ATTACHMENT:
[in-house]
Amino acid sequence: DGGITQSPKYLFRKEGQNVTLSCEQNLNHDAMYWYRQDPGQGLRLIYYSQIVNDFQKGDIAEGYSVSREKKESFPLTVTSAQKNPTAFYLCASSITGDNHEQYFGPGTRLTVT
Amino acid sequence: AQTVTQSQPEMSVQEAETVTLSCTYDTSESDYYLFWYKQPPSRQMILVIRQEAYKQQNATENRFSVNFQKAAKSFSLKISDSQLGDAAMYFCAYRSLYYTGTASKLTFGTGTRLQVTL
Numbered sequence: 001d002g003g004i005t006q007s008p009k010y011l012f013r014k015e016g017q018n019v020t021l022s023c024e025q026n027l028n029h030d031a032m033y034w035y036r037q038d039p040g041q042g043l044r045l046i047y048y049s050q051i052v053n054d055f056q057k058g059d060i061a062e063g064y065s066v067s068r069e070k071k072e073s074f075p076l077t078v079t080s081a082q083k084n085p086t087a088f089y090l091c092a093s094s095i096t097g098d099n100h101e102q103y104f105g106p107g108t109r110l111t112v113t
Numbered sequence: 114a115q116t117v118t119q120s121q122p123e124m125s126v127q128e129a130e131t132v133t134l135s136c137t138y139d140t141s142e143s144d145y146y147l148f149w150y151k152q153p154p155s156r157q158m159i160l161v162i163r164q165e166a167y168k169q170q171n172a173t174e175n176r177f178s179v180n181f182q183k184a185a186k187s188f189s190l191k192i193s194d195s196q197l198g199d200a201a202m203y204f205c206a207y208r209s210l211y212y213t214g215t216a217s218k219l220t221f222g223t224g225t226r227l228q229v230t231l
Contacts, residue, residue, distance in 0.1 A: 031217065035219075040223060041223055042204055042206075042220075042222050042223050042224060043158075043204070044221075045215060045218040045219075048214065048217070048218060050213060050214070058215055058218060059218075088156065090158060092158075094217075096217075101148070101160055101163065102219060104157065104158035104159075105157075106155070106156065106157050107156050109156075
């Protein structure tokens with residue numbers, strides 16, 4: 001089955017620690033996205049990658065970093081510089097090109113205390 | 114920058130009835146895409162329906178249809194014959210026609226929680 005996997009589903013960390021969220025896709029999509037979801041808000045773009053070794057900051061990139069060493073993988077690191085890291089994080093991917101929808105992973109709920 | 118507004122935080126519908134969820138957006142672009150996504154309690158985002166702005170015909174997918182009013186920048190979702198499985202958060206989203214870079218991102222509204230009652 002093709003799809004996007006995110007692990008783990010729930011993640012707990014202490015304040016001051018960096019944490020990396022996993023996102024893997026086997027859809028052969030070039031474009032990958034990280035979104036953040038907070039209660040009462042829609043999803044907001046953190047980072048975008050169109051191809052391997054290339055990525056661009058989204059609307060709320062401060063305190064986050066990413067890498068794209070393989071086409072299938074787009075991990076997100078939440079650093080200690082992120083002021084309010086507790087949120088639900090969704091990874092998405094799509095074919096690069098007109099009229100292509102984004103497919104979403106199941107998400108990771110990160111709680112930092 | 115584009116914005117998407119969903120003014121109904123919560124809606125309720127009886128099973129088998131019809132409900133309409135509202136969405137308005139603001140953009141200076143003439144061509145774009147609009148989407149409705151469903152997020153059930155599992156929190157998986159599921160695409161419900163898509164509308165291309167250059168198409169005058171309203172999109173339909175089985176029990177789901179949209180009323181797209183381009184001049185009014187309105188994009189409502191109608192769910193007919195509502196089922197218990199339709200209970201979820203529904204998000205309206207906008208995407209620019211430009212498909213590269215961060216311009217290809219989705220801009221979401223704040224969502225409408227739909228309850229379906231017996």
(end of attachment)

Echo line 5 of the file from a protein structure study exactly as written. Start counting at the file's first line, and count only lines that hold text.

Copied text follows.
Numbered sequence: 114a115q116t117v118t119q120s121q122p123e124m125s126v127q128e129a130e131t132v133t134l135s136c137t138y139d140t141s142e143s144d145y146y147l148f149w150y151k152q153p154p155s156r157q158m159i160l161v162i163r164q165e166a167y168k169q170q171n172a173t174e175n176r177f178s179v180n181f182q183k184a185a186k187s188f189s190l191k192i193s194d195s196q197l198g199d200a201a202m203y204f205c206a207y208r209s210l211y212y213t214g215t216a217s218k219l220t221f222g223t224g225t226r227l228q229v230t231l